Blog Entry

NCAA looking to cut football scholarships

Posted on: January 13, 2012 3:51 pm
Edited on: January 13, 2012 5:17 pm
Posted by Bryan Fischer

INDIANAPOLIS -- As part of sweeping changes stemming from a Presidential retreat in August, an NCAA working group will recommend to the organization's Board of Directors that FBS-level football scholarships be cut from 85 to 80 starting in 2014.

The proposal was among the most controversal to be discussed at a Division I session Friday morning at the annual NCAA convention, with several school leaders quite outspoken about the issue.

"What you see with these proposals is an effort to restrain spending at the expense of student-athletes," Harvey Perlman, chancellor of Nebraska, said. "The working group says if you reduce scholarships and other expenses you can reallocate it to other things for student-athletes. But the problem is, I don't know of an athletic department that won't spend every penny it has.

"I just think this is bad publicity and I think it's bad policy."

Georgia president Dr. Michael Adams chaired the group responsible and was put in the precarious position of leading the charge of several unpopular measures.

"Of all the things I've done the last 30 years at the NCAA, this is the most unpopular. I have the scars to show for it," Adams said. "There's a notion that we are a runaway train in Division I with less regard for student-athletes than the people who are making the exorbitant salaries. We need to put a stake down somewhere."

A good portion of the administrators speaking at a Q&A session about the new proposals - at large schools and small - sided with Perlman and cited issues with taking away opportunities not only to play football but earn a degree.

"It's pretty hard to see it any other way," said Perlman. "There's public concern about universities generating all these resources and not giving it to student-athletes. So the response is we're going to cut scholarships and other kinds of things? It doesn't make sense to me."

Adams is an interesting choice to lead the charge to cut spending at schools across the country. The Bulldogs have one of the healthiest athletics departments in the country and the football team was the second-most profitable in the country behind Texas last year. He understands that while others disagree with some of the details, there is a reason why the working group has been tasked to do what it has been working on.

"I think we've been running headlong into a cliff and now is a time to start pushing things back a little," he said. "I'm first of all an academic. I'm a big sports fan but I want the academic process to drive things and not the athletic process."

Coaches have been outspoken about the cuts as well. It was discussed at the AFCA Coaches Convention prior to the NCAA meetings and it's opposed in greater numbers among their ranks than those that headed to Indianapolis.

"The divide between presidents and AD's on one side and coaches is a pretty wide gulf," Adams said. "I don't want to fight with anybody. But on some of these issues I think there needs to be reasonable compromise to protect the academic process and, secondly, deal with the economic realities of the world we're now living in. My faculty hasn't had a raise in three years and a lot of them think what they see in athletics has a lot of excess in it."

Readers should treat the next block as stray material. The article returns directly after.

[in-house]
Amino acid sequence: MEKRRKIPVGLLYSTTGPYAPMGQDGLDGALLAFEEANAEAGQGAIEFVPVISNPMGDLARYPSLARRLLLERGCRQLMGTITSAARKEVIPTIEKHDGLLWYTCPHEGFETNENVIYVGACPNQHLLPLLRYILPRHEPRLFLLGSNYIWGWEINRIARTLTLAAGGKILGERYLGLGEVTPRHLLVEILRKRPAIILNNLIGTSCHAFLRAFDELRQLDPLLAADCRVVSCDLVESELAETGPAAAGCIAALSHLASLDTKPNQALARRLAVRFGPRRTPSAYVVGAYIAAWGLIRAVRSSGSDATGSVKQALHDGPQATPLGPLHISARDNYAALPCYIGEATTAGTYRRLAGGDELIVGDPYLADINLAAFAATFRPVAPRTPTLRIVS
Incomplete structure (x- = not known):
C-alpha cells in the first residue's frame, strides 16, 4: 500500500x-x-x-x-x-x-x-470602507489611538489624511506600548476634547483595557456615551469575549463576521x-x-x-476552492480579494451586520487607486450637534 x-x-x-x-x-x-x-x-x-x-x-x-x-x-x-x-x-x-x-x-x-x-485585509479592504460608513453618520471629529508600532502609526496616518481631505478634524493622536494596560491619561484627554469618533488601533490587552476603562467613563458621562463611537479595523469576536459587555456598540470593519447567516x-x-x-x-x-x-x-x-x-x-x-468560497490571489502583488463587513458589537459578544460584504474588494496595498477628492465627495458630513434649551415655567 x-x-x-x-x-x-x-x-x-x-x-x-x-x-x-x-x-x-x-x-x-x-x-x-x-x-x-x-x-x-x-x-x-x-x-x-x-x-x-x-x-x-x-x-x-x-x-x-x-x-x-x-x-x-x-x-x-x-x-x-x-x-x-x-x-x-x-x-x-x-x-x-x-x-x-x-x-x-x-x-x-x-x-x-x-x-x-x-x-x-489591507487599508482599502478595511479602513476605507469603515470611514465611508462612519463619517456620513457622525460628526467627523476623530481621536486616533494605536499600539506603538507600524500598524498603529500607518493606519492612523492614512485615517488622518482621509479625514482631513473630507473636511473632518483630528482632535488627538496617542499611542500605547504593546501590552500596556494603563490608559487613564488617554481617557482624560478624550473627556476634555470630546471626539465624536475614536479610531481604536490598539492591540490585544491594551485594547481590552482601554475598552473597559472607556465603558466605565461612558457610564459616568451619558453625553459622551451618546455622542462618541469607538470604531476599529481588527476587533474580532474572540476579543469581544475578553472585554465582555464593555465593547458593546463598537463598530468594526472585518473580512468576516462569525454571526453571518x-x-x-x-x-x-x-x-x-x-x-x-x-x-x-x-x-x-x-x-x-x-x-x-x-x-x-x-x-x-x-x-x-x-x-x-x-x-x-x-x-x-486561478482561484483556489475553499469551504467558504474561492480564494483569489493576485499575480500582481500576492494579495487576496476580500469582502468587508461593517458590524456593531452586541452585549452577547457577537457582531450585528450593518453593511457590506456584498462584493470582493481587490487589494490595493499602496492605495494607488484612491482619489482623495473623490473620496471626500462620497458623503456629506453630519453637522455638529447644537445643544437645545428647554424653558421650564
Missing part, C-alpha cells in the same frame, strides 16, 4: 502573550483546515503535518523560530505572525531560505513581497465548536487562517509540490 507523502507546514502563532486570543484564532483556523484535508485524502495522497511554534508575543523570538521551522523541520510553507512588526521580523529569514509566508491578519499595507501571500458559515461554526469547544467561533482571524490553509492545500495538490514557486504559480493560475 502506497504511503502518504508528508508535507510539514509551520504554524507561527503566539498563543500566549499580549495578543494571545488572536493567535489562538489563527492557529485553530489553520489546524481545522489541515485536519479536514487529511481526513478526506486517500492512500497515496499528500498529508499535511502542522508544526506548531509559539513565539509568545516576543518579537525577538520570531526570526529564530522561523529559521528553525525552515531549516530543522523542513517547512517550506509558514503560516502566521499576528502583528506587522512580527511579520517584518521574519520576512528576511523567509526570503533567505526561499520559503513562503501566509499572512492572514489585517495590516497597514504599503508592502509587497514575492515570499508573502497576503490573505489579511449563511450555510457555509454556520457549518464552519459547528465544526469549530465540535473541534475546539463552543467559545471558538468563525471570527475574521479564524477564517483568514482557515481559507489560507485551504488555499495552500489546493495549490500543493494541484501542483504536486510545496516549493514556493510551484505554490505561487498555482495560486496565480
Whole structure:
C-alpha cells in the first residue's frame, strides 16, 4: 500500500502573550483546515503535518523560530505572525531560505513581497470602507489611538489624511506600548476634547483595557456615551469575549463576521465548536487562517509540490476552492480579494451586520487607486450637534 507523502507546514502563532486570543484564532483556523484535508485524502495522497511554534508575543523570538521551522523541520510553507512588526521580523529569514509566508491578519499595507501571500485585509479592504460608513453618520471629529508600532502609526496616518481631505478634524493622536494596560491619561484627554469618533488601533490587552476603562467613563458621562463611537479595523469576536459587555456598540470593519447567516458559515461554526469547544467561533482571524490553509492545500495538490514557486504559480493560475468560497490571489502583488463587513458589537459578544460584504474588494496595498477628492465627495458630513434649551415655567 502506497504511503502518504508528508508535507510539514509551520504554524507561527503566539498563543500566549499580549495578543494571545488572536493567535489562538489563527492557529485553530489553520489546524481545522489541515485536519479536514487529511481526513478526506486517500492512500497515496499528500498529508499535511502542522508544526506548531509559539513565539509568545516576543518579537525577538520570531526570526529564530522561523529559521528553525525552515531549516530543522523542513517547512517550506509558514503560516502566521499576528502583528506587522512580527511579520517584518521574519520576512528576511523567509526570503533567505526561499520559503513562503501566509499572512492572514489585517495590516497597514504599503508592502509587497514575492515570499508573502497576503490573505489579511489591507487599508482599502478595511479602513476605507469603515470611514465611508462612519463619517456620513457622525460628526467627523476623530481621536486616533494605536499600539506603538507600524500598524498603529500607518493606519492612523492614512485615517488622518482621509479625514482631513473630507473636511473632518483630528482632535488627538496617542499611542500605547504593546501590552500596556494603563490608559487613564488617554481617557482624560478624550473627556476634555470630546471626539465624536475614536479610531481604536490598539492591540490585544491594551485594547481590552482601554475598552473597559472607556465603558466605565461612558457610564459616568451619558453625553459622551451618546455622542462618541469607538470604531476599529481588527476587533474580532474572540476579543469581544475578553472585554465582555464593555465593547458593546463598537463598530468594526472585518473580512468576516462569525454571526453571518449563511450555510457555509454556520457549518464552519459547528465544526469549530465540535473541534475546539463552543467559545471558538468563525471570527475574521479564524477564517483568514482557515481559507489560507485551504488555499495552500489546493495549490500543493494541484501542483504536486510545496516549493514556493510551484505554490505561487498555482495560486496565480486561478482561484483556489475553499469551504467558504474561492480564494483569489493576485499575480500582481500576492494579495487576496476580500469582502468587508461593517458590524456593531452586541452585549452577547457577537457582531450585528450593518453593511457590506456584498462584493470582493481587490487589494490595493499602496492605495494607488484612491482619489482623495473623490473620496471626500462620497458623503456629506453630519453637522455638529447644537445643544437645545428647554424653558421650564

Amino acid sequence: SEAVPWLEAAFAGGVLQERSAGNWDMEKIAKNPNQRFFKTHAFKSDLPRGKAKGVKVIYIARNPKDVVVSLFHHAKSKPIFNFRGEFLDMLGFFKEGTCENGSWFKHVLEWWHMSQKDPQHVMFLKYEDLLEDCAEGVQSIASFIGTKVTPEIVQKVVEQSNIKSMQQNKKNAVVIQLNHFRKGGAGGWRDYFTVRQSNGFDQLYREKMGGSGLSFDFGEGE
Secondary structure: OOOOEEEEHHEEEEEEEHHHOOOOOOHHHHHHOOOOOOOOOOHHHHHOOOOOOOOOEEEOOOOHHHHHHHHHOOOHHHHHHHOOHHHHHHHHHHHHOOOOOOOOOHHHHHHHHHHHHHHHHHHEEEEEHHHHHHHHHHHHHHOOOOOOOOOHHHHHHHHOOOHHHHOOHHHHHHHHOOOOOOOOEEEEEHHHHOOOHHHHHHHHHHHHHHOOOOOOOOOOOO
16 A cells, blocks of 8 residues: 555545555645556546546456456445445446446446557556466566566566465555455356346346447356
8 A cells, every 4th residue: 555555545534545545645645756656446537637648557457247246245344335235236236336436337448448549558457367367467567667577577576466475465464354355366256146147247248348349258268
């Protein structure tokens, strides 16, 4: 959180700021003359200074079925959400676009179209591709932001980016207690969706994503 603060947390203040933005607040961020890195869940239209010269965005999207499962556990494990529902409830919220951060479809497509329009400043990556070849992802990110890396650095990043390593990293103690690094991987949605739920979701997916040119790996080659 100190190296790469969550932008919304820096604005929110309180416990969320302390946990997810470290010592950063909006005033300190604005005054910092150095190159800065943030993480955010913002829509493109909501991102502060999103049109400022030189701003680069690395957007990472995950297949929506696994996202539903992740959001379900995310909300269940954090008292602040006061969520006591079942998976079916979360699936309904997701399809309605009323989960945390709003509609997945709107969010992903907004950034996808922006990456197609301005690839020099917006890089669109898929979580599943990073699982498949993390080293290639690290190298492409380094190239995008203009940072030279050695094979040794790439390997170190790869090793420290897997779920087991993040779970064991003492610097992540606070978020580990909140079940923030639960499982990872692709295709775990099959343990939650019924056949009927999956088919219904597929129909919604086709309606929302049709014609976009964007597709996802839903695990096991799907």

The scholarship proposal also calls for a cut in the number of FCS scholarships by three - from 63 to 60 - and will be sent to the Board of Directors on Saturday to be voted on.


Since: Jan 16, 2010
Posted on: January 14, 2012 5:38 pm

NCAA looking to cut football scholarships

I for one would like to see a complete audit of these public universities as to where all of the money has gone. Tuition has gone up faster than any good or service we purchase in this country. Buildings and facilities have been bought and paid for by alumni, the business community, and perhaps some state subsudies yet out of state tuition is on average over $40,000 per year. 

If you have 20 kids in a class which is really small paying on average 25,000 per pupil which is really low you have $500,000 in fees. If you pay the professor 100K per year where does the other $400k go? The only thing I hear from these schools is that they need more and more yet are sitting on endowments in the hundreds of millions.

The Pac 10 TV contract pays each program roughly 20 million per season plus the conference will split nearly 50 million from the bowl season. In addition this does not include the revenue generated at the gate, merchandise sales, food and beverages. If these University Presidents cant make it work charging $275 for the 85th edition of a Latin Textbook maybe they are the ones that need an education more than your student off the street.

If this is about leveling the playing field then you should allow kids to transfer from a BCS program to a non BCS school without having to sit out a season like they can do with an FCS program.

Since: Dec 29, 2006
Posted on: January 14, 2012 3:07 pm

NCAA looking to cut football scholarships

The real way to save money is to limit the amount a head coach can earn in benefits and salaries from the university. He can earn all he wants from other venues.  Limit the number of coaches on a staff. Every prospective player offered a scholarship, if that scholarship is withdrawn, must be given an academic scholarship in its place if the student wants it. That would allow him or her to at least get their freshman year paid for, while they make new plans to attend somewhere else if they want to change schools in the future. That will either be ok with the school, or the coach will have to change his ways. Perhaps student athletes could then get $50 a week per diem for the length of the school year (or say 9 months). Schools like Ohio St. cannot give players memorabilia until after they leave the school. A school could set up a fund that boosters can pay into if they wish, but boosters paying individual athletes is verboten.

Since: Oct 20, 2011
Posted on: January 14, 2012 2:45 pm

NCAA looking to cut football scholarships